One-quarter of millennials say that marriage has become old-fashioned and out of date, while 71 percent disagree.

A slim majority (51 percent) of millennials agree that it is not that big of a deal if one person in a relationship takes on most of the family and household responsibilities, while 46 percent disagree. Notably, the opinions of married millennials are nearly identical to those who are single; there is only a modest gender gap on the question.

A majority (56 percent) of millennials also oppose making it more difficult for a woman to get an abortion, compared to 40 percent who favor such policies. Majorities of millennials in the Northeast (64 percent), South (58 percent), and West (55 percent) say they oppose making it more difficult for a woman to get an abortion, while millennials in the Midwest are divided (47 percent oppose, 48 percent favor).

While the majority of millennials support the legality of abortion and the availability of abortion services, nearly six in ten (59 percent) millennials oppose making abortion services available to young women age 16 or older without parental approval, while 37 percent support this policy.

Most millennials are uncomfortable attaching themselves exclusively to the “pro-life” and “pro-choice” labels that have defined the abortion debates for decades. Only about one-quarter of millennials identify exclusively as “pro-life” (25 percent) or “pro-choice” (27 percent). Approximately as many millennials (27 percent) say that both labels describe them equally well, while 22 percent say neither label describes them well. There are no differences between millennial men and women, but the willingness to embrace these labels varies considerably by racial and ethnic background.

The degree to which millennials feel comfortable discussing sexual health issues varies considerably across demographic groups. Two patterns stand out consistently across topics: black millennials are less likely to feel very comfortable discussing sexual health issues with their spouse or partner, and Asian-Pacific Islander millennials are less likely to feel very comfortable talking about these topics with their parents.

Three-quarters of millennials favor teaching comprehensive sex education in public schools. Twenty-three percent of millennials overall, and 32 percent of those who attended religious high schools, say that they had no sex education classes in middle or high school. More than two-thirds (67 percent) of millennials say that emphasizing safe sexual practices and birth control is a better way to prevent unintended pregnancy than emphasizing abstinence from sex (23 percent). There is general agreement across racial and ethnic lines on this question. White evangelical Protestant millennials stand apart from other millennials, with half (50 percent) favoring an emphasis on birth control, compared to 40 percent favoring an emphasis on abstinence.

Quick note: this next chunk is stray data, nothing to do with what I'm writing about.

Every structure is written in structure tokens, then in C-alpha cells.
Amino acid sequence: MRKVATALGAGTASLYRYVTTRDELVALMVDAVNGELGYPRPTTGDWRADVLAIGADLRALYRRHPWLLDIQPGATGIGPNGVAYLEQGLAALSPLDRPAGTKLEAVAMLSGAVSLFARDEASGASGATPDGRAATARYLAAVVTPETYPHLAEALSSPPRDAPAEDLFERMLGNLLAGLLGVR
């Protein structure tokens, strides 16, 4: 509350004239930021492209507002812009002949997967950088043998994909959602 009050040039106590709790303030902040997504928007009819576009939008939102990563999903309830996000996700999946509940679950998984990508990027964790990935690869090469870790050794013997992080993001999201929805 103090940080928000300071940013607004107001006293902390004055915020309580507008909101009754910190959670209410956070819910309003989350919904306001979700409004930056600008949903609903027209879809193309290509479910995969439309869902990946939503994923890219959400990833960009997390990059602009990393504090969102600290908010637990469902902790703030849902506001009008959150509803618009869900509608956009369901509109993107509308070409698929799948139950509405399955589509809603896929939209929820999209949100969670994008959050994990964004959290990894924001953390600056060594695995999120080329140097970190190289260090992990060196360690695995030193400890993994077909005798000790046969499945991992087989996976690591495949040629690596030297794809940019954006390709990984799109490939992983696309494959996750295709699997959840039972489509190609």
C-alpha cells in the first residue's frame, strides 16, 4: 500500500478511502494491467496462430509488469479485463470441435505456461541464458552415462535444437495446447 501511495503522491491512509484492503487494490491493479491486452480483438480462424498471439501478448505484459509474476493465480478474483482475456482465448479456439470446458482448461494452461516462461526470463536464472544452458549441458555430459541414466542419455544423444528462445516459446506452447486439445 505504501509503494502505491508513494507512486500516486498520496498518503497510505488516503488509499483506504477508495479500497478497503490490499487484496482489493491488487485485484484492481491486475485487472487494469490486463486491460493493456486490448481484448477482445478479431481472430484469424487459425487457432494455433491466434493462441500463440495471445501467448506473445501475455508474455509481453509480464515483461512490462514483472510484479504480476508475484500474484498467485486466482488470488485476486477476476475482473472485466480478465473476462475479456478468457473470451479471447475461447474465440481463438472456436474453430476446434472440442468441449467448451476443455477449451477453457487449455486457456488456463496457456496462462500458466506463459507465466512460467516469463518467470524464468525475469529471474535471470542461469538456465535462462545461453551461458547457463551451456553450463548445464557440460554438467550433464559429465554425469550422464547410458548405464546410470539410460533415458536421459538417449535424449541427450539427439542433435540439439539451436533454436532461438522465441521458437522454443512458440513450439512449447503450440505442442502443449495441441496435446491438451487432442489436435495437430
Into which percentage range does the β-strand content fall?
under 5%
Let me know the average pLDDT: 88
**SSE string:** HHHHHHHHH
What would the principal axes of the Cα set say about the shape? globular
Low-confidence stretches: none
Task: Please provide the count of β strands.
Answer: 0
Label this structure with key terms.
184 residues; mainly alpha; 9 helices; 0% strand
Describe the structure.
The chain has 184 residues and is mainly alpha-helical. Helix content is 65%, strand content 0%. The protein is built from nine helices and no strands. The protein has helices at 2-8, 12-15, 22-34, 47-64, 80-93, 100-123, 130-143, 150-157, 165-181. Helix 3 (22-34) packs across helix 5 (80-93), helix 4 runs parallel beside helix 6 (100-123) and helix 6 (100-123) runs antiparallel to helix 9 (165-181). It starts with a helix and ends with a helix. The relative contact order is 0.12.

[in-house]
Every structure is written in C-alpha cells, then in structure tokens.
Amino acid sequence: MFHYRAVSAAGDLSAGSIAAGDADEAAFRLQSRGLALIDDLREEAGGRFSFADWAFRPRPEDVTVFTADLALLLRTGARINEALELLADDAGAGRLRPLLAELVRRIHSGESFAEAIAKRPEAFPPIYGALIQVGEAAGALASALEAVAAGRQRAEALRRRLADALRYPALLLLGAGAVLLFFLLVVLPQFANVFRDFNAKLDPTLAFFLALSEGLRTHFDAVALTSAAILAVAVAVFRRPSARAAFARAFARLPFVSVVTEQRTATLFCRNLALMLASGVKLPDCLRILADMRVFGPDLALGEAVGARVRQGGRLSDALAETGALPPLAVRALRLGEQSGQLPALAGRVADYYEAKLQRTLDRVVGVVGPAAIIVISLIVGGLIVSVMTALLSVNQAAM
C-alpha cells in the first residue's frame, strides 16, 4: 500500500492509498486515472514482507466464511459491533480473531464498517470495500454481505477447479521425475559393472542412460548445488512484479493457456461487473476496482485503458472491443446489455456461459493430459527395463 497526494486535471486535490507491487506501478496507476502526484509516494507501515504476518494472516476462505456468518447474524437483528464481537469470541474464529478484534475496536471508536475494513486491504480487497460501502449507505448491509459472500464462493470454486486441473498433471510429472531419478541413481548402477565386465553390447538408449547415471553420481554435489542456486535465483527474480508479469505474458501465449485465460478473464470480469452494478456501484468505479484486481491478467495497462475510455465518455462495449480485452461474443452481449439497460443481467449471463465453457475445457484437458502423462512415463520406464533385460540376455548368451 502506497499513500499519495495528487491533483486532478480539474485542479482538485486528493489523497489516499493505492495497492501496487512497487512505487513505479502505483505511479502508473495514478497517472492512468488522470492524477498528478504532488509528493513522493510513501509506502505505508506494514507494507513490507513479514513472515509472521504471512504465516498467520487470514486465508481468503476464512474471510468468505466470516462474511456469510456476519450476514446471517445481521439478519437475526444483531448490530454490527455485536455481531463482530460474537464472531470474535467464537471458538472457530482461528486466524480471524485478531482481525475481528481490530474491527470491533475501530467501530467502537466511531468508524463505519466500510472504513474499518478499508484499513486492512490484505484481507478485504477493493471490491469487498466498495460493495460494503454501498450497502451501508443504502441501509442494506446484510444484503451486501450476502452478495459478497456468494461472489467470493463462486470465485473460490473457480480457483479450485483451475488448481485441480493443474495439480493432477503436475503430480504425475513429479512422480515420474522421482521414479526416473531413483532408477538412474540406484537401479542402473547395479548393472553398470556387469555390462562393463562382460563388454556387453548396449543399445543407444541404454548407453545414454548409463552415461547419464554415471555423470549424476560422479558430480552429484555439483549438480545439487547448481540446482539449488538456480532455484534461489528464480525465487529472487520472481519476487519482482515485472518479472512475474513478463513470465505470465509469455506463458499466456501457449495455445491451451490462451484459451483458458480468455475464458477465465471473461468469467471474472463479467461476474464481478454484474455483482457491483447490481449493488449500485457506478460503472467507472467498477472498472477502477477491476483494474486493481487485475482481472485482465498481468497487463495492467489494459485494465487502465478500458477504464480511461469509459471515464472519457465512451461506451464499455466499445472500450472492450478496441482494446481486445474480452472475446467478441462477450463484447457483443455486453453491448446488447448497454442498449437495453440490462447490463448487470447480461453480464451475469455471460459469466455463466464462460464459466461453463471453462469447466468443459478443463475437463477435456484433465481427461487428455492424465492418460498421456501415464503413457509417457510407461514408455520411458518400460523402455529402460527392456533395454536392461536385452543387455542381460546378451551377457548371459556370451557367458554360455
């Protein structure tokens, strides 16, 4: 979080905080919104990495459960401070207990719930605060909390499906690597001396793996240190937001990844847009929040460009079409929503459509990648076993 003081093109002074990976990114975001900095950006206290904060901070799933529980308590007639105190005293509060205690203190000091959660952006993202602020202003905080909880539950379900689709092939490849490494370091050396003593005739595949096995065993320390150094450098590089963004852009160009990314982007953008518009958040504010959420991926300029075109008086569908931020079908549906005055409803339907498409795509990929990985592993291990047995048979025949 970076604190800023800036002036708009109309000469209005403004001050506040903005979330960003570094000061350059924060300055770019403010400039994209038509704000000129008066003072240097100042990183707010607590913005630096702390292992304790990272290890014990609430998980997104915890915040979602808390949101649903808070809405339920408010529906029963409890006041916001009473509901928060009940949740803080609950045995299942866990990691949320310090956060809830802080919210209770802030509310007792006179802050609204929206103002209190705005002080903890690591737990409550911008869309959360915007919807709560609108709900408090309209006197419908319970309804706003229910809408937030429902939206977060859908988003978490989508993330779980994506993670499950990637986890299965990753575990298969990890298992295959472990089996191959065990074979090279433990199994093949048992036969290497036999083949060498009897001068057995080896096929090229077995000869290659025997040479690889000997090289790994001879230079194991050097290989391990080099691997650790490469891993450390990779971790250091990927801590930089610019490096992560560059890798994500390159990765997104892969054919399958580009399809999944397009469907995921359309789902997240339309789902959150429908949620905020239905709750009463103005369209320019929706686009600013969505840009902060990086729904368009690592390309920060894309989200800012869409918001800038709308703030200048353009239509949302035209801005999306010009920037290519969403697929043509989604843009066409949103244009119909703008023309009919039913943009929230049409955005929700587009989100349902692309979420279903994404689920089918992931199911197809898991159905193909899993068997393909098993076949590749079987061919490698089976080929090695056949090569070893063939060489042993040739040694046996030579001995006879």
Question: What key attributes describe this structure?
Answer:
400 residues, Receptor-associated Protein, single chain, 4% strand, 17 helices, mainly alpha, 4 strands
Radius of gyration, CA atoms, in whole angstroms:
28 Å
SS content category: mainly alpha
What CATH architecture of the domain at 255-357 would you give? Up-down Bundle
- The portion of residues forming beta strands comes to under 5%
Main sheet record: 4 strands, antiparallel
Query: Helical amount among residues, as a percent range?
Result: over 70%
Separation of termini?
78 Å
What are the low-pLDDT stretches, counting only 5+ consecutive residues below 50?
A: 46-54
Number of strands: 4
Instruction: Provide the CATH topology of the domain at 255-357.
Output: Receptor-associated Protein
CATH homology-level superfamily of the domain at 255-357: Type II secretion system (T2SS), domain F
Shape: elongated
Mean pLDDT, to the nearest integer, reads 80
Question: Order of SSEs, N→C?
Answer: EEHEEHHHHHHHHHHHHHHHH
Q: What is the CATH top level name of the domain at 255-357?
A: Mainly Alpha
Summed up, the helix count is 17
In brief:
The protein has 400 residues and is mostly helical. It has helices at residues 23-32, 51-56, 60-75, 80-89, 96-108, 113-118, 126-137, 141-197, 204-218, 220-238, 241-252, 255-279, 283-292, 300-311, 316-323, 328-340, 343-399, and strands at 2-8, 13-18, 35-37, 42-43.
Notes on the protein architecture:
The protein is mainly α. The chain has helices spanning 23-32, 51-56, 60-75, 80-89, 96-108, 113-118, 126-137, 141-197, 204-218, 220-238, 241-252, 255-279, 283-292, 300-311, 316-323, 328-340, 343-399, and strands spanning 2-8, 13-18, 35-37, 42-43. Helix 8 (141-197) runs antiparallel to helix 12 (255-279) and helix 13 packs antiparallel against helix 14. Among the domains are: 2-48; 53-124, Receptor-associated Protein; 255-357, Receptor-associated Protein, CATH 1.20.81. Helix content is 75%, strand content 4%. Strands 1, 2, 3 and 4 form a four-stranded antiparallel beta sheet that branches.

Methodology

The 2015 Millennials, Sexuality, and Reproductive Health Survey was conducted by Public Religion Research Institute among a random sample of 2,314 adults between the ages of 18 and 35. Interviews were conducted online in both English and Spanish between February 12 and February 25, 2015. The base sample of 1,323 respondents was augmented by oversamples of African Americans (N=261), Hispanics (N=608) and Asian-Pacific Islanders (N=122). The margin of error for the overall survey is +/- 2.7 percentage points at the 95% level of confidence.

The survey was made possible by a generous grant from the Ford Foundation. Public Religion Research Institute is a 501(c)(3) nonprofit, nonpartisan organization specializing in research at the intersection of religion, values, and public life.